Why We Use Wine (Part 2)


As for the second question, why change now from grape juice to wine?  The answer is a little more complex.  The most succinct—if not the most forthright—answer is simply, “I don’t know.”  I am not sure why now is the right time to switch—or even if now is the right time for our church to change from drinking grape juice at the Lord’s Supper to drinking wine.  I have to believe—by faith—that the moment of conviction is normally the best moment for corrective action.  Once we know what the will of God is, how long should we wait to obey it?  I think the sooner we obey, the better, right?

Of course, it is possible to delay in order to achieve the full benefits of repentance.  Consider Zaccheus—that wee little man who climbed up in a tree.  When the Lord told Zaccheus that He would be going to his house, Zaccheus was immediately overcome by the condescending grace of our God that he repented at full throttle.  Yet, Zaccheus—a wealthy tax collector—didn’t simply begin handing out money.  Rather, he embarked on a mission to discover whom he may have defrauded, pledging to pay them back 4 times what he owed them.  Such a thoroughgoing repentance takes a plan, and plans take time to enact.  In one sense his repentance was immediate, yet in another it was more slowly enacted.  Such is the case with our changing from grape juice to wine.

Most immediately, I have been reading a book (which I first read several years ago) in preparation for teaching at Southern Seminary.  The book chides churches which use grape juice instead of wine.  The author, Donald Macleod, offers a rather frank rebuke against the use of grape juice in the place of wine:

“Many, probably even most, evangelicals today, use unfermented grape juice….  They object in principle to the use of alcohol.  Many of us, however, find this scrupulosity deeply disturbing.  It not only involves a clear departure from biblical precedent, but implies adverse criticism of the wisdom and integrity of our Lord.  The sacrament is not administered according to the mind of Christ if it willfully departs from His example” (Macleod, Priorities for the Church, 117-18).

In past readings, I went by this paragraph with no serious consideration of altering church practice.  The reason, I think, is not so much because it was overlooked or considered unimportant; rather, the reason was most likely because our church was wrestling with much more basic issues at the time—or at least more urgent issues.  The early years of my ministry here at Cedar Grove were spent mostly on church order and missions (both of which remain integrally important).  The elements of the Lord’s Supper were not urgent priorities in view of other things which needed to be addressed.

But now, our church is more mature and ready, I think, to embrace boldly all of the instructions of the Scriptures.  We don’t flinch when we are corrected by the Scriptures.  We genuinely mean the line we sang as children, “the Bible tells me so.”  When the Bible tells us so, we respond by believing it, putting our faith into action.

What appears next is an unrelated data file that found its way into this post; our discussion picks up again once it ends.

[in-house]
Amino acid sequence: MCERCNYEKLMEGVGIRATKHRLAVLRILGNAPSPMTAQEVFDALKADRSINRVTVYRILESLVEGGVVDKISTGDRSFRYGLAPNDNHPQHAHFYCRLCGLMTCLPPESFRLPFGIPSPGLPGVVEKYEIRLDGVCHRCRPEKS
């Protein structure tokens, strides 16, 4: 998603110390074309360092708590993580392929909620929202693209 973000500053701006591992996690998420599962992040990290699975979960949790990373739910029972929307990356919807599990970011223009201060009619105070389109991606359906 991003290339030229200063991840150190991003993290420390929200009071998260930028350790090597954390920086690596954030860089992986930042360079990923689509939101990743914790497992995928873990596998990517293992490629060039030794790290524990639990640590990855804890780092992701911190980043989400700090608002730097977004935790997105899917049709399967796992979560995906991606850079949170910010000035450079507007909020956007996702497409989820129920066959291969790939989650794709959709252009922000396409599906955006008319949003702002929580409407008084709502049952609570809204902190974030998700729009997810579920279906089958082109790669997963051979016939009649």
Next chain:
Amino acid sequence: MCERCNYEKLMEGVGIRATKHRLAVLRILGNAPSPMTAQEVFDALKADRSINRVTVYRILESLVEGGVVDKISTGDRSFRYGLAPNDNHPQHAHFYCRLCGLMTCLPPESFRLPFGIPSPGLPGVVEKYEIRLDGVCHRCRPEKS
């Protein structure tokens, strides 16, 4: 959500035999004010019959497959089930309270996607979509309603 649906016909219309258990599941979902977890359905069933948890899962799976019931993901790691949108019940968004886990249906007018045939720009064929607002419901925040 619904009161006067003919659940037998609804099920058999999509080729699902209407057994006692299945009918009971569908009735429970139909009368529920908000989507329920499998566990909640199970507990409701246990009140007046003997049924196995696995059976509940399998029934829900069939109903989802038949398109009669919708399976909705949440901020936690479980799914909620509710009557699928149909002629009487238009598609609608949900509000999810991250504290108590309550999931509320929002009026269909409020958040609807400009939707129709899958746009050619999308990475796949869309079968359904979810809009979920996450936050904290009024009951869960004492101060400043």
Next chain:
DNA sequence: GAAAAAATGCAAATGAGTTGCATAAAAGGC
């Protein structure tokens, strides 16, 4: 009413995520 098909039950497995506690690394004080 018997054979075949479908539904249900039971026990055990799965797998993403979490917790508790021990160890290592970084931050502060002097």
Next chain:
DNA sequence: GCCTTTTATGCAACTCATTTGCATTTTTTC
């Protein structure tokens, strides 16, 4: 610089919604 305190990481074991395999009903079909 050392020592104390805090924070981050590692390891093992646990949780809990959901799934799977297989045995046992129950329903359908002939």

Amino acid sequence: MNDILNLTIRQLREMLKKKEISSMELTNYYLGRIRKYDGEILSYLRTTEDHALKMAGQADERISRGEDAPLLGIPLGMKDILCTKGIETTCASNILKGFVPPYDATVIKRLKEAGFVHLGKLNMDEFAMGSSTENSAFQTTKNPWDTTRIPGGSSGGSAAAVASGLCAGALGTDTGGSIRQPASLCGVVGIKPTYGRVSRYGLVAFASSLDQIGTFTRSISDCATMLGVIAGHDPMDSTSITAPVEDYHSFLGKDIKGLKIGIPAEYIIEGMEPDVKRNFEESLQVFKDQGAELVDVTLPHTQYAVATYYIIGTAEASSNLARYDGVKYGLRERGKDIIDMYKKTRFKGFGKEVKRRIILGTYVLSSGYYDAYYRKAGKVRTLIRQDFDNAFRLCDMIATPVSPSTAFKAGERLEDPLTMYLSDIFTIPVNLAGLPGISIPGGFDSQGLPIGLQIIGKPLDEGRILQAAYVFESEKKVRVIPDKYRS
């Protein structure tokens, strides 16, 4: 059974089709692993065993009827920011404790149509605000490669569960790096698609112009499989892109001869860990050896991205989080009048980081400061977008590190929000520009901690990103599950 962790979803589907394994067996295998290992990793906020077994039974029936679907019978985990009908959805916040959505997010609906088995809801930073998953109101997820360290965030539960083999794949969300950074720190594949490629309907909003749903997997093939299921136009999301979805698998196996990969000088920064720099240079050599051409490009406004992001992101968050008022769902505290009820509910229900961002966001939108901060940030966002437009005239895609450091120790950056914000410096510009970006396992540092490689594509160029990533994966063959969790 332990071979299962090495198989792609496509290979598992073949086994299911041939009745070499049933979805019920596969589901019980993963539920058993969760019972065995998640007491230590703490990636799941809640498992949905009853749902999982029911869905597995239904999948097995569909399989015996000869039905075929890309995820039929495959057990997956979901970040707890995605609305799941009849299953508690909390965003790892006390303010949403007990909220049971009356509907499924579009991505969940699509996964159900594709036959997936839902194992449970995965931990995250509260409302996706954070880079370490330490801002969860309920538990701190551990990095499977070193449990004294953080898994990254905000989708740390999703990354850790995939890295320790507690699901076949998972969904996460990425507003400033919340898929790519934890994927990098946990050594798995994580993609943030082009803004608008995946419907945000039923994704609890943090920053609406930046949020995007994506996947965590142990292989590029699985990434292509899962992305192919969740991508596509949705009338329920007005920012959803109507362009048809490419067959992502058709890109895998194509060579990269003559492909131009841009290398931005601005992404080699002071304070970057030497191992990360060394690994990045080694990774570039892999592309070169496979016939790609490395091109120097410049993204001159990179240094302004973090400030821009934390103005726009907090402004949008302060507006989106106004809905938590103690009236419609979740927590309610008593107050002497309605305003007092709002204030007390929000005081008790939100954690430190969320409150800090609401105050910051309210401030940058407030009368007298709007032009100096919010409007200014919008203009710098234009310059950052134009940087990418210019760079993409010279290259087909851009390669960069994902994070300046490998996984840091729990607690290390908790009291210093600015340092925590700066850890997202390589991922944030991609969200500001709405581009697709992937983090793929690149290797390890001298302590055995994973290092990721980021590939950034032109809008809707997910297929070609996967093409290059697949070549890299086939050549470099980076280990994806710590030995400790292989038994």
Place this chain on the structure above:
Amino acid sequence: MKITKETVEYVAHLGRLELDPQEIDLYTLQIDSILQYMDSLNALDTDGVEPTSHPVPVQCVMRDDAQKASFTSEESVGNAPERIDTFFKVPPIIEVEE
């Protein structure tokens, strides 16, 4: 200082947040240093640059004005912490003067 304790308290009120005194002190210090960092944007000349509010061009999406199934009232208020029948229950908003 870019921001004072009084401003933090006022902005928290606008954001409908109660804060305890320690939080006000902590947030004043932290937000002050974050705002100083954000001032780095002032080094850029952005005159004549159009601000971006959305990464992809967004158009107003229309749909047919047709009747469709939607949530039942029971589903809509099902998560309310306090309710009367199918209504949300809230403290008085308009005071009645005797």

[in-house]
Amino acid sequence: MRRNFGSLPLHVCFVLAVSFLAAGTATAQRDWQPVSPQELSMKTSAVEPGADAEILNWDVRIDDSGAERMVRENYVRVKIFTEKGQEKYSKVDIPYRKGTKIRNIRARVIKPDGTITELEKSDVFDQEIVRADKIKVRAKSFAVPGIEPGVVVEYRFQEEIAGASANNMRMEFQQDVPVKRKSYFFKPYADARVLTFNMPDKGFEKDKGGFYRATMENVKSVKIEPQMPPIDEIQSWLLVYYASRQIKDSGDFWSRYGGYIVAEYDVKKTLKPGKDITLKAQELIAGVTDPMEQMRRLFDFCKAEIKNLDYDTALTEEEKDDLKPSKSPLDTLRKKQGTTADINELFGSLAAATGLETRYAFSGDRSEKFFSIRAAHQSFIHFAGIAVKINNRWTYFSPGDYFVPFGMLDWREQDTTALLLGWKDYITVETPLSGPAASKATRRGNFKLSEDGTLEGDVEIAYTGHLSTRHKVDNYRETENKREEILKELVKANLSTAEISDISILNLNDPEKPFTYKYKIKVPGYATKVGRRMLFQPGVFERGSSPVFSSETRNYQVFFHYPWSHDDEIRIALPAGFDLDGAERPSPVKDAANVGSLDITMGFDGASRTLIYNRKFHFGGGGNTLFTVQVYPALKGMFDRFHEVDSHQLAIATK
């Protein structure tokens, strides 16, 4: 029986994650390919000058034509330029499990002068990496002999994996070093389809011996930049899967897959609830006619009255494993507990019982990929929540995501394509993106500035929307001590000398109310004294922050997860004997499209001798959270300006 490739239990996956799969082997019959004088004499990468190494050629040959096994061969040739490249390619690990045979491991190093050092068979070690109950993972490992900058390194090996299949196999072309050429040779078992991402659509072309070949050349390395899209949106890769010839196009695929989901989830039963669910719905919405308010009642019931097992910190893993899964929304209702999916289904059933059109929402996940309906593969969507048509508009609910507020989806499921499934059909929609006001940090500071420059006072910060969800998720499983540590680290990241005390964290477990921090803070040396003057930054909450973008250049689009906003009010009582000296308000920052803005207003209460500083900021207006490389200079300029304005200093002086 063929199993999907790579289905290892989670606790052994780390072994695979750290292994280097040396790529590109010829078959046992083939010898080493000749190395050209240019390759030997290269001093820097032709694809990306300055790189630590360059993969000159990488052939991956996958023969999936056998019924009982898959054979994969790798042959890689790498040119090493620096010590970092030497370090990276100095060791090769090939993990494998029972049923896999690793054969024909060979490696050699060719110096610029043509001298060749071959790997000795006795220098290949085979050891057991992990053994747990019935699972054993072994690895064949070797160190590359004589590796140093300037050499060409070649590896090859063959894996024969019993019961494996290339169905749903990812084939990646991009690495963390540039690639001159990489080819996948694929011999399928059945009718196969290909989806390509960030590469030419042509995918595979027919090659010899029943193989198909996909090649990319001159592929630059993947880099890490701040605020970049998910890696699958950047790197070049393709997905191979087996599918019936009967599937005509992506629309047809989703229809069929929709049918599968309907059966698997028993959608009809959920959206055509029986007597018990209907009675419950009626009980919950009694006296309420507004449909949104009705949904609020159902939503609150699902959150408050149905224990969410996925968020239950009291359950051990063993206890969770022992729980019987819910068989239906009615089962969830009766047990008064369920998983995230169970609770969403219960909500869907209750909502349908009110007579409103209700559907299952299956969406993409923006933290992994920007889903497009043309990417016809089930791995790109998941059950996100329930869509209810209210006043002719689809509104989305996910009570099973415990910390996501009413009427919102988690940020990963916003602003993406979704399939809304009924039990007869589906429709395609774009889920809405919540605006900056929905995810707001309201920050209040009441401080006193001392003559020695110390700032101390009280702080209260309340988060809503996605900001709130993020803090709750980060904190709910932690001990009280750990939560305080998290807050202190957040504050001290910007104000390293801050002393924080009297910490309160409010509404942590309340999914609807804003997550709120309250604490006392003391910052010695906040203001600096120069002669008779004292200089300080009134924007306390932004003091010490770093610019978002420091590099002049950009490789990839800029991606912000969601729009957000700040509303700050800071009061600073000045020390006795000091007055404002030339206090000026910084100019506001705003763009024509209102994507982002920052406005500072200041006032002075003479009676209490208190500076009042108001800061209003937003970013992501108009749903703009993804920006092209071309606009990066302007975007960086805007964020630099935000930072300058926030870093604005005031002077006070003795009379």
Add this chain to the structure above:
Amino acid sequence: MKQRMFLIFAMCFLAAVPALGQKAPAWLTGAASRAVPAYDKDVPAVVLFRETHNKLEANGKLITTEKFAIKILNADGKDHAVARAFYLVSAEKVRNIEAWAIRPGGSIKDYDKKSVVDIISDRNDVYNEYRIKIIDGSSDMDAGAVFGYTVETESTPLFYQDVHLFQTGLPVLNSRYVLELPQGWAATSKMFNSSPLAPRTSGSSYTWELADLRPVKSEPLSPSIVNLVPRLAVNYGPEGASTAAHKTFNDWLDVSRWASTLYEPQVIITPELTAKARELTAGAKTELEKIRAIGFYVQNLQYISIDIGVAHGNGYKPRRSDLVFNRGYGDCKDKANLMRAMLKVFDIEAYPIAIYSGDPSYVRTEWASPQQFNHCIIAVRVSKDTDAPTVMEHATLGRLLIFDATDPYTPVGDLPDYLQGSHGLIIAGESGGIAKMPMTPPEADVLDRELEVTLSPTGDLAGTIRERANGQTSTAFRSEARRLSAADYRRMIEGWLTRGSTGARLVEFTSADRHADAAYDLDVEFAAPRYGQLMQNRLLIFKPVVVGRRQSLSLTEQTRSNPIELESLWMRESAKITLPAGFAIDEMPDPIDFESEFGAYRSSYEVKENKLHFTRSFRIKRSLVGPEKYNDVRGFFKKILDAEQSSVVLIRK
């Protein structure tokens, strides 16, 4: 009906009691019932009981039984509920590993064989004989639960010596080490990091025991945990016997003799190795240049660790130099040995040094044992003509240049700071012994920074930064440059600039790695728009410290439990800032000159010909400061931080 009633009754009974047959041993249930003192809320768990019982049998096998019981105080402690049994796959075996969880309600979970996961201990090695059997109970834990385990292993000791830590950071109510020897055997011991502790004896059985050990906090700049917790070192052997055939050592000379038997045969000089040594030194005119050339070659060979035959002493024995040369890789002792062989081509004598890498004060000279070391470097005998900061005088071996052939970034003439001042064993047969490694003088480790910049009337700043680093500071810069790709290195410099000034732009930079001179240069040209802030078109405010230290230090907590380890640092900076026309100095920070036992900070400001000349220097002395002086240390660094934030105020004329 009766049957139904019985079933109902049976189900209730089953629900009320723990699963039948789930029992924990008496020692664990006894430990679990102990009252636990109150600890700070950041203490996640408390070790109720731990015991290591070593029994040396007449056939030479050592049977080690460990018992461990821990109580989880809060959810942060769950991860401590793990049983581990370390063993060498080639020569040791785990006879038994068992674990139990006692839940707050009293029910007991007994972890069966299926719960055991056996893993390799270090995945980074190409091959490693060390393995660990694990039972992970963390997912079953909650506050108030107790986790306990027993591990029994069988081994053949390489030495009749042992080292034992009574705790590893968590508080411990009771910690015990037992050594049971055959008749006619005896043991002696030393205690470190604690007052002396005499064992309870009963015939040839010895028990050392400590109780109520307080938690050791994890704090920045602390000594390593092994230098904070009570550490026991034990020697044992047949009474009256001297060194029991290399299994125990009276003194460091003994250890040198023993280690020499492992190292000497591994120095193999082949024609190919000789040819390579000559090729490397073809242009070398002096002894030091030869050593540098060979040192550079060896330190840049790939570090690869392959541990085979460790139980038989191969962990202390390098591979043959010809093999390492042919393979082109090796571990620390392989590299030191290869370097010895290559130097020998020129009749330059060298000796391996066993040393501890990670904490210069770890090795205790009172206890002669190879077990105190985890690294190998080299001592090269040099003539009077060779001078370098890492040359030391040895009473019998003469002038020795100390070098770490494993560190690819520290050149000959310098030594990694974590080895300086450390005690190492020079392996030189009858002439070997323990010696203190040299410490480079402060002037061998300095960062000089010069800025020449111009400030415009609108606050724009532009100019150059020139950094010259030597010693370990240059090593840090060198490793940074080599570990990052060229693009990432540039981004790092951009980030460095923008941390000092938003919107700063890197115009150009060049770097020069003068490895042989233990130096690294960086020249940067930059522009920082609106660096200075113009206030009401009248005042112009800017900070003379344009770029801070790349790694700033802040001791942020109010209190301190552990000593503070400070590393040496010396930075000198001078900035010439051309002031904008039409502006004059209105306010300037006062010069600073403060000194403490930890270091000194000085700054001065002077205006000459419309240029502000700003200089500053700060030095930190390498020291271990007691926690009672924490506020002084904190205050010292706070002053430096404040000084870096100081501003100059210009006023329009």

With Macleod’s critique on my mind, I headed back to the Scriptures and then to the elders of the church. We had a good discussion about the biblical teachings in relation to our practices as a church and concluded that there was no good reason to use grape juice instead of wine (particularly the non-alcohol wine which we chose).  So, we put together a plan to introduce the wine at our January 2nd service.

Whether this was the right time to introduce the change to our church or not, I suppose I still don’t know, but I think that it probably was for at least two reasons.  First, this move challenged us to be biblical instead of traditional.  The Protestant Reformation placed a sharp emphasis on the necessity of the church to be always willing to conform to Scripture whenever Scripture and tradition collide.  Our tradition—for the entire life of this local church—has been to use unfermented grape juice.  We gladly altered that tradition in light of the Scriptures.  Surely, that is a good thing, a mark of spiritual maturity and growing faith as a church.  (It is always the right time for such faith to be practiced).

Second, because we are exercising faith, we are strengthening our own faith.  Faith operates in the same way as our biceps.  If we hope to keep them strong and healthy, we must give them a workout.  Changing our practice at the Lord’s Supper offers us the opportunity to work out our faith.  Anytime we work out our faith, it grows stronger.  Already, I have received testimonies of folks who had never before seen the connection between the wine we drink at the Lord’s Supper and the glorious, aged wine we will drink at the marriage feast when Christ is finally and forever gathered with His bride, the Church.  The wine is a foretaste of glory. We see that glory more clearly now because (by faith) we moved to wine.

In addition, I have also spoken with several folks who have asked about the bread Jesus would have used.  Was it leavened or unleavened?  Whichever it was, it most certainly was not the paper-flavored Chic-lets we are now receiving.  One guy said he thought they were unseasoned croutons.  No one has mistaken them for bread.  So, come March 6th, we will likely be serving new bread with our new wine.  And this, too, is healthy for a church body.  One act of faith usually does open doors to other opportunities for faith, just as strengthening our biceps opens opportunities for us to do heavier lifting.  It is good for us to give our faith a biblical workout.  I am glad to be part of a church body which makes this exercise possible.

And now for answering some objections…

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